A Brand Is A Wonderful Thing For A Small Business To Grow

Posted on November 8, 2010. Filed under: Public Relations | Tags: , , , , , , , , , , |

George Orwell: no Orwellian tactics needed to achieve effective branding strategies

Image via Wikipedia

You’ve got a brand.

If you’re in business, you’ve got a brand.

How you interact with your audience says a lot about your brand.

Money In The Bank — Under Someone Else’s Name

A brand is earned equity. It’s what others think of you, your product, your company. Think of it as the capital that you’ve built up with your market – or are in the process of building up.

Because a brand exists in the minds of others, it’s essential that PR be involved in the brand development process. Why is that? People want stories, they want credible information, they want answers to questions about companies, such as:

  • Who are you?
  • What do you stand for?
  • What makes you unique?
  • Why do you do what you do?
  • How do I know I can trust you?

In terms of products, people want to know things like:

  • What does it do?
  • Can I trust it/rely on it?
  • Why is it better for me than what’s already available?
  • Why do I need this particular product?

Even more, today, people want to be able to engage with the brands in their lives, both work and personal. They don’t want to just be sold stuff. In fact, people simply won’t sit still for corporate monologists who only want to harangue them with their sales pitch until they buy, buy, buy. From them, of course.

Enter The New Normal Brand Conversation

People have choices. Their first choice, especially in this Great Recession-born “new normal” environment, is often not to buy. Unless they have convincing evidence, drawn from a variety of trusted sources, that what they are about to put their hard-earned money into is indeed a fair trade. Money for a product that delivers what the buyer expects. And if it does that, people may in fact be willing to continue to do business with you.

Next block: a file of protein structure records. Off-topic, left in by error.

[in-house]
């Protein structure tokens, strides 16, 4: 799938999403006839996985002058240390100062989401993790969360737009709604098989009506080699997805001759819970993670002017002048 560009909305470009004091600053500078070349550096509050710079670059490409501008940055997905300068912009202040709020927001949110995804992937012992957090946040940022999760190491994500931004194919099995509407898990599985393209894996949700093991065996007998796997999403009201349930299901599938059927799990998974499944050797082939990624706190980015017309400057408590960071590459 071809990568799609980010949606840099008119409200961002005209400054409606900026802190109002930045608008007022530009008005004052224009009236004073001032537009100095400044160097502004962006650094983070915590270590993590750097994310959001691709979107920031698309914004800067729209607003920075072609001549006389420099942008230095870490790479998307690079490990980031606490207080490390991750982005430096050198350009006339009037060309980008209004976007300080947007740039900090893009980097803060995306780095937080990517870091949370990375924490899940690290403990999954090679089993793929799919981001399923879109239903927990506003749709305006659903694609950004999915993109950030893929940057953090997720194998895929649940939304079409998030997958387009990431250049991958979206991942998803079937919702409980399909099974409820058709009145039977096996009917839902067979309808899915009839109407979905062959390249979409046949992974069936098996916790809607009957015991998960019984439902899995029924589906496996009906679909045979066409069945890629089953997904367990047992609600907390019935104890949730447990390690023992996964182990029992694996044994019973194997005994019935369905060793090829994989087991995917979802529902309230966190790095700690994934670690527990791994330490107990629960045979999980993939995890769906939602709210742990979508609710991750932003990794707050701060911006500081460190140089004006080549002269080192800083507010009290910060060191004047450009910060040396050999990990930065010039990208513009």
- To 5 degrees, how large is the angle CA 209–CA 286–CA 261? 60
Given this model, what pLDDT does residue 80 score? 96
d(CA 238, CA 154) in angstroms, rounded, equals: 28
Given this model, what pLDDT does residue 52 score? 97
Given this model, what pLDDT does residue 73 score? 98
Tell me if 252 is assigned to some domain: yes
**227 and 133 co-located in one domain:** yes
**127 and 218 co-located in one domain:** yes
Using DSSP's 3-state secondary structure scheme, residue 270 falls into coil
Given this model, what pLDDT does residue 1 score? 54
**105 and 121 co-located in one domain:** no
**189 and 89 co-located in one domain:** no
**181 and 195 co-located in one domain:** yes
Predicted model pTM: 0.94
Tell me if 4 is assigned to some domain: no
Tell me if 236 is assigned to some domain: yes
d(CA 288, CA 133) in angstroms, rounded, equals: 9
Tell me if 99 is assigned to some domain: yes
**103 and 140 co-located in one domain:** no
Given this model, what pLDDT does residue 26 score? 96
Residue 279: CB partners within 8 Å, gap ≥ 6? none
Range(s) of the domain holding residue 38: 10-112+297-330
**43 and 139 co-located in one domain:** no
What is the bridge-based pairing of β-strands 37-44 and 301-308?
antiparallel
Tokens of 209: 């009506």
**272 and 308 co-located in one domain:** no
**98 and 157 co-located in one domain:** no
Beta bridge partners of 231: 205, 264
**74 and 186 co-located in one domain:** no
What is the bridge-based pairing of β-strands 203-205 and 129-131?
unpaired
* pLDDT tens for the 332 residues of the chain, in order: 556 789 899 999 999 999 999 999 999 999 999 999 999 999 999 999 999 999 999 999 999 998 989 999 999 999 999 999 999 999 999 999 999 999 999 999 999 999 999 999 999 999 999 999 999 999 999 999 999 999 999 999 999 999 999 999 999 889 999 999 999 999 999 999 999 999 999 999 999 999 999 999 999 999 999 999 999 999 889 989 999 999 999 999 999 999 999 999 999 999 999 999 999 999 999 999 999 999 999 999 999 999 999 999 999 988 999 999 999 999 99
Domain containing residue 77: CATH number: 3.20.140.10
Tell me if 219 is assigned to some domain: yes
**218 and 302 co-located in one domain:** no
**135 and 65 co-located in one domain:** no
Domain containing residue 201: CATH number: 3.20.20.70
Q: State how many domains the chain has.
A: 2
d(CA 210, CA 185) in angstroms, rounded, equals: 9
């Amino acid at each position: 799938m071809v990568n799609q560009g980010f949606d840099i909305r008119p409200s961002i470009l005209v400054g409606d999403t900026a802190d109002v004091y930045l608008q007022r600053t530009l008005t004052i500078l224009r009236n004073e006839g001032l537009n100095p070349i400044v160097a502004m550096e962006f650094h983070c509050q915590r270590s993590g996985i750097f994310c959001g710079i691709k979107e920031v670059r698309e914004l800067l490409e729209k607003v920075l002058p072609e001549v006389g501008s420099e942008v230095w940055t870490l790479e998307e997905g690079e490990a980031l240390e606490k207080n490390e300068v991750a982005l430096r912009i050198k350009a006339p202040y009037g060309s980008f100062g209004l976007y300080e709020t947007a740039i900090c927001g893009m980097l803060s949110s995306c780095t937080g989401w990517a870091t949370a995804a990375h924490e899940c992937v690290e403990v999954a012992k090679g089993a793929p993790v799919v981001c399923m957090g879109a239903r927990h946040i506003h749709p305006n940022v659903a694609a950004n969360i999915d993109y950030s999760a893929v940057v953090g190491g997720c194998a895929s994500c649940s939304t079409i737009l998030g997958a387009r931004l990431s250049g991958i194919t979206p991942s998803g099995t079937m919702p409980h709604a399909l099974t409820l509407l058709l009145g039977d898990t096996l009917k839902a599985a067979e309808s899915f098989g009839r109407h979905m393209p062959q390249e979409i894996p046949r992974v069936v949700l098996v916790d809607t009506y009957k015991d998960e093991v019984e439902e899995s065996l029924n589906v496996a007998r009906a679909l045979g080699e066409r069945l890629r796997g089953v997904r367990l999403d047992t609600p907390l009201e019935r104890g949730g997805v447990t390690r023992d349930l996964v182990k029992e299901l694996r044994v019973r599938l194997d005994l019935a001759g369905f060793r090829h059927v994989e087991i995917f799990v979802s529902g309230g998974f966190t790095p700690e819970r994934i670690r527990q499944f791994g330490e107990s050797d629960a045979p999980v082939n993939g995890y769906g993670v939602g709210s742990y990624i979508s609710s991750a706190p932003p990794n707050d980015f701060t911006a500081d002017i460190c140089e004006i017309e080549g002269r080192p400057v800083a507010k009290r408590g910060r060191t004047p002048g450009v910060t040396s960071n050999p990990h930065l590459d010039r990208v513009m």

Building out the infrastructure of “trusted information sources,” that’s a role that PR can play in
your ongoing brand development process. Note the phrase “brand development process.” Brands are never static; think of them as being under continual development, in the minds of your customers. You don’t have to be an expert in mind control — like some marketer manque from George Orwell‘s dystopian novel, 1984 — to be an integral part of the process.

Fortunately you as the owner of, and steward of, the brand, can deploy your resources on the marketing and communications side to influence your customers’ brand perceptions. In fact, it is incumbent upon you as the brand producer, to respond to your market’s needs for information. The customer, after all, has a certain vested interest, in your brand as well. It’s up to you, the marketer, to nurture and grow that interest in ways that are harmonious for you and your customers alike.

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